To be more precise, here is what is written on the Basic Role Playing system, the big golden book, second edition:
"The reproduction from material from within this book for the purpose of personal or corporate profit [...] is prohibited." So, as long as it is for personal use and not for profit, it sounds to be allowed... Printing one book from a pdf with such a copyright will certainly be considered as legal as long as the owner of the printed book is also the owner of the pdf... Now, printing a dozen of books from the same pdf will certainly not be considered as personal use, of course...
GURPS Lite, to take another example, gives even more license to the users : "GURPS Lite is copyright © 1998, 1999, 2000, 2001, 2003, 2004 by Steve Jackson Games Incorporated. It is intended for free distribution. You are encouraged to copy and share these 32 pages freely."
So, it really depends on the copyright. Thus, even if we usually skip it when we read a new book, watch it carefully when you want to know the author's point of view about their rights.
Last edited by Gollum; January 27th, 2013 at 17:37.
Again, though, Fed-Ex/Kinkos will require you to get the author's signature on a form they provide before they will allow you to print a PDF. They will require this even if the PDF has three pages of disclaimers saying, "Yes, it is OK to print and copy this document for personal use!" If YOU are they author, they expect you to prove it. They questioned my mother about copying and enlarging an ink drawing I did.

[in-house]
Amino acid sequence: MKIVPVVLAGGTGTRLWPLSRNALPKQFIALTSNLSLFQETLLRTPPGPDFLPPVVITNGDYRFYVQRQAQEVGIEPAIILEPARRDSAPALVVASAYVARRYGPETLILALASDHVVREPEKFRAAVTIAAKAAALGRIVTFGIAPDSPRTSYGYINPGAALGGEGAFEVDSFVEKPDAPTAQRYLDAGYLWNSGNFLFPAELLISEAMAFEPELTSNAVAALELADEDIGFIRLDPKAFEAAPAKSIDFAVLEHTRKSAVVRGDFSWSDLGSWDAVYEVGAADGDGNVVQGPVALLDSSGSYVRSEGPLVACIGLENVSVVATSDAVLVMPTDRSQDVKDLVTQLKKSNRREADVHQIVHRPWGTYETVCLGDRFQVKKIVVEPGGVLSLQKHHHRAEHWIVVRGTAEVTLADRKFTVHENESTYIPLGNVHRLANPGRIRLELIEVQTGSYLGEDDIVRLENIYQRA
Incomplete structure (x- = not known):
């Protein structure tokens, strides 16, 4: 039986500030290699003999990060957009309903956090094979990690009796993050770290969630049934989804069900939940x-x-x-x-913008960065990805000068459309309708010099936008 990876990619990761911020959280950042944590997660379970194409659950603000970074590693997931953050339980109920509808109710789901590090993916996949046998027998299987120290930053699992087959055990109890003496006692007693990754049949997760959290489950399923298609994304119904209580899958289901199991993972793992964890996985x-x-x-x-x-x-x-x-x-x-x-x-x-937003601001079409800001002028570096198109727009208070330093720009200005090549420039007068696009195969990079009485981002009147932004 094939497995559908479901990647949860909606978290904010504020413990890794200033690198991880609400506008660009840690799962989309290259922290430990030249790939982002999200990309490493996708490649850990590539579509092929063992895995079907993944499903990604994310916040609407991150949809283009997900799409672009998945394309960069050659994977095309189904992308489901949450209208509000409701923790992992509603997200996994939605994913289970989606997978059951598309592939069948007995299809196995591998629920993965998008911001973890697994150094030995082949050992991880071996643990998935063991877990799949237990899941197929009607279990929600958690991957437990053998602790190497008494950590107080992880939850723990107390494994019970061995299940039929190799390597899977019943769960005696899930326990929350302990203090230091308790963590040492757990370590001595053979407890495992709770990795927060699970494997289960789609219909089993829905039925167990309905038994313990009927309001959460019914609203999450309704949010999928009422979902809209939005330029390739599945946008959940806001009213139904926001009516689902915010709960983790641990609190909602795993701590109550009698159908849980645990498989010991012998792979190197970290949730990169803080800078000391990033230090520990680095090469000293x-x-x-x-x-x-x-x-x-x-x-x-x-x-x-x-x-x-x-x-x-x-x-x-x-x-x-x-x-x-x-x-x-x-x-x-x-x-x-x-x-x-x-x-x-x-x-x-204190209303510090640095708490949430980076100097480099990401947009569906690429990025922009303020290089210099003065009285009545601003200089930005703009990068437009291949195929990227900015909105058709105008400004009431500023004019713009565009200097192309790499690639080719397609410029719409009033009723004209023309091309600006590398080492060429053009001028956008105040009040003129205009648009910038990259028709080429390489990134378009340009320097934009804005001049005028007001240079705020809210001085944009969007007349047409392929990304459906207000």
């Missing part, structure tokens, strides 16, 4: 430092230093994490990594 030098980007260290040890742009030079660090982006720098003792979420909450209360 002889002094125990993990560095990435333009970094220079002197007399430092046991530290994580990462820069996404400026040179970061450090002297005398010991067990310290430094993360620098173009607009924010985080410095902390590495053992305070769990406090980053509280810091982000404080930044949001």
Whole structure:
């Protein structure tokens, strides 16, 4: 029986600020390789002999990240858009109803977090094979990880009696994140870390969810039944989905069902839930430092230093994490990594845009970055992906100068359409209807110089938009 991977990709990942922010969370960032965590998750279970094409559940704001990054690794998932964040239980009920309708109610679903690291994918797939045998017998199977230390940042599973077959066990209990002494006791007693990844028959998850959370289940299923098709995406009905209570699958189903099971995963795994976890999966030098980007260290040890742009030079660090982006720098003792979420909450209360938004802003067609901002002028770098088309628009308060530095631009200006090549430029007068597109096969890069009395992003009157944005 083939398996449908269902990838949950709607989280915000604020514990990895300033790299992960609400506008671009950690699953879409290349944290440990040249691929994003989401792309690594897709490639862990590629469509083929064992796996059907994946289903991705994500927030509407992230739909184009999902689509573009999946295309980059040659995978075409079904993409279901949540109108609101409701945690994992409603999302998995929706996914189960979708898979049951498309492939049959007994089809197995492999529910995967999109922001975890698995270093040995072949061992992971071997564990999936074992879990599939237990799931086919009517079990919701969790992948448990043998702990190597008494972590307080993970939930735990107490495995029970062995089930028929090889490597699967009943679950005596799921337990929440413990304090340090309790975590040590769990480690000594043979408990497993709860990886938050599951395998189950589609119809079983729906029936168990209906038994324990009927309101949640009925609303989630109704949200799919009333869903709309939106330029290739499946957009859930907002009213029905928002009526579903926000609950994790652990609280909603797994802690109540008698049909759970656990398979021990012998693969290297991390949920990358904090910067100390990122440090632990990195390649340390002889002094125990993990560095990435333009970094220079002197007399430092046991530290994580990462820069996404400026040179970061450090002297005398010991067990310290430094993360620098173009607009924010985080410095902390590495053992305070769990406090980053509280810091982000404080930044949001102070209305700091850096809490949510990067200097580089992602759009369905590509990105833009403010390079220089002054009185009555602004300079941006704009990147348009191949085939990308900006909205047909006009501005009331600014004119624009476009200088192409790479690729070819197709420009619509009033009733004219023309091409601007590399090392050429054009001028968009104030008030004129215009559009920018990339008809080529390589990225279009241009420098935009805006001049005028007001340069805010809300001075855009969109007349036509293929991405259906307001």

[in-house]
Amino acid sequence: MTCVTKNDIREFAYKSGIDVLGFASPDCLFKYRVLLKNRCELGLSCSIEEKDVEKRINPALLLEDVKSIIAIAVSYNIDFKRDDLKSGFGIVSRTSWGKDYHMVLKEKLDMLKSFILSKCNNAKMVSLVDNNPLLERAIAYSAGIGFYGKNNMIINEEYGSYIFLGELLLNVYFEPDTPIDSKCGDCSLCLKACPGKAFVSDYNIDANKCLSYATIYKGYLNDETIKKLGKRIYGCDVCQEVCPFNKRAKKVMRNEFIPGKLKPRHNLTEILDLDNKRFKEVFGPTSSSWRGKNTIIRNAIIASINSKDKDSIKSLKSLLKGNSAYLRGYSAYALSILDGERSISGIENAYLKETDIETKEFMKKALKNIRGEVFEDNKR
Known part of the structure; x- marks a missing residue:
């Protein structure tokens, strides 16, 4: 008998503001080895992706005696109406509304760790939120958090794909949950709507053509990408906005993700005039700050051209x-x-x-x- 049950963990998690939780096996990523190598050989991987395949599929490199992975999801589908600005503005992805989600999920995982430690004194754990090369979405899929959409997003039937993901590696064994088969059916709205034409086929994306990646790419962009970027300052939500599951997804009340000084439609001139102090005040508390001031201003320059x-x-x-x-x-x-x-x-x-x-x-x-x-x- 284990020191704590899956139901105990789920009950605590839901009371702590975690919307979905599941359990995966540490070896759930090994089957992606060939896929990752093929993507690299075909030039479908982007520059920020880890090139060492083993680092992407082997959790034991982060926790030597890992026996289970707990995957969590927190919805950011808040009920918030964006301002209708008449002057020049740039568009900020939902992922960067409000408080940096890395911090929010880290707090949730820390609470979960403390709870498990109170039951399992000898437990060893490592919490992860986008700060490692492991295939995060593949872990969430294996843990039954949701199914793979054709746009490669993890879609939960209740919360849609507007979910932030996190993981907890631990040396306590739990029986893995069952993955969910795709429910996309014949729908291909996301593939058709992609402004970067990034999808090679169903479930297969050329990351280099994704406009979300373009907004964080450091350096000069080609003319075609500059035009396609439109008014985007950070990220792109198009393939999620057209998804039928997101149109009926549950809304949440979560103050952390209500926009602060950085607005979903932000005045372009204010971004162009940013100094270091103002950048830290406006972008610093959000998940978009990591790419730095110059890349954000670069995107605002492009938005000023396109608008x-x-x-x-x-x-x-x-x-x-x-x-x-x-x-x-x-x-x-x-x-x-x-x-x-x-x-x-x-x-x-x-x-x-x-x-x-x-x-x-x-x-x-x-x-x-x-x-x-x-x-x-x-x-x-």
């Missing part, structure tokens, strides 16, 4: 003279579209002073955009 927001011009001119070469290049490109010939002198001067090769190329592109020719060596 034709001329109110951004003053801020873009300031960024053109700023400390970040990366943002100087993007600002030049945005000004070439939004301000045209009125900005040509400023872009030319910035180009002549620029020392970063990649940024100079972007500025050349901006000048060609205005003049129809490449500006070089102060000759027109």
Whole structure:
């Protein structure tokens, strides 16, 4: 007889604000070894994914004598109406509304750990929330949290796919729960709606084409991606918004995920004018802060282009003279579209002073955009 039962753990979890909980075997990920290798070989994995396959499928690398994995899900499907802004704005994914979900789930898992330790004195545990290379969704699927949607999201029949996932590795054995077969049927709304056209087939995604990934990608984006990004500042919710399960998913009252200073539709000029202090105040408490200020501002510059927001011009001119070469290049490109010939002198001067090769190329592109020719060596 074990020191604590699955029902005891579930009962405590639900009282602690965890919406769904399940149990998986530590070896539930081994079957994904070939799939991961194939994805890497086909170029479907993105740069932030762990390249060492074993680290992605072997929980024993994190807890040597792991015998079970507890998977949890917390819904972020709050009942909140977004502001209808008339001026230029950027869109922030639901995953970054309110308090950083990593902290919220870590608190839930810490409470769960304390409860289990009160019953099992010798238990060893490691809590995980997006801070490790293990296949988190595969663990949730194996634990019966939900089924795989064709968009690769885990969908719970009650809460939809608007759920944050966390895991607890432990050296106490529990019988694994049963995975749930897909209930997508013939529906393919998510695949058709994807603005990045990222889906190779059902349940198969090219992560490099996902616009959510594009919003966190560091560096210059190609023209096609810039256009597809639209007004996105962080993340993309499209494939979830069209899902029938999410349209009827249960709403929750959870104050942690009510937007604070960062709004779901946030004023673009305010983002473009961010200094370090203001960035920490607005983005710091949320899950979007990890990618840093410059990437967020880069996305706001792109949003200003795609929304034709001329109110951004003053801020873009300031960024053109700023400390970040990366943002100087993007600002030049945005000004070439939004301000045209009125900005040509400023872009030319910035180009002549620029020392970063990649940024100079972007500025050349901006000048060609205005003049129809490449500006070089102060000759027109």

Last edited by seneschal; January 27th, 2013 at 17:50.
Having said that, there are a lot of other ways to print a pdf, like in a "photocopying shop" for instance (I don't know if "photocopying shop" it is the good English term).
Indeed, they usually have tools to do a much better job than a simple home printing (high quality laser printer, high quality paper, etc.) and several different kinds of interesting bindings, as soon as you are ready to pay for a nearly professional work.
The difference between them and a professional printer is mainly the fact that the printer will be able to make a huge amount of copies and to reduce the cost depending on this number.
I've Printed out several PDFs at stores and have gotten several different results. Some times it has gone smoothly; at other times they want me to sing a form that realeses them of responsiblity if I printed something I shouldn't have.
In extreme cases I had somebody refuse to print something despite the "permission to reproduce" notice on the cover, although, thankfully, the manager came over and overrode that. In one instance they wanted my to present written proof that I had permission to print the document, which was fun as I was the author. In that case I wrote out a note on a piece of paper and whipped out my ID. Problem solved. And in one instance the guy printing it was a gamer ans wanted a copy for himself!
All in the same store.
But generally, it's not to bad. THe worse they can do is say no, and in most cases they don't want to say no and loose the business. As long as you are polite and reasonable about things, you will probably get your way. Just don't go ballistic.
In my experience, the manager is more willing to accommodate. The help don't want to be the one who prints off the "no-no" PDF and get into trouble. More experienced employees, and managers aren't usually as paranoid, and better able to tell what item will cause problems. But generally things go smoothly.
Smiley when you say that.
I print mine out at work, largely B&W except for perhaps the covers and take them to the local print shop for binding. If I had to pay for printing, I think it would probably be better to simply buy the printed book!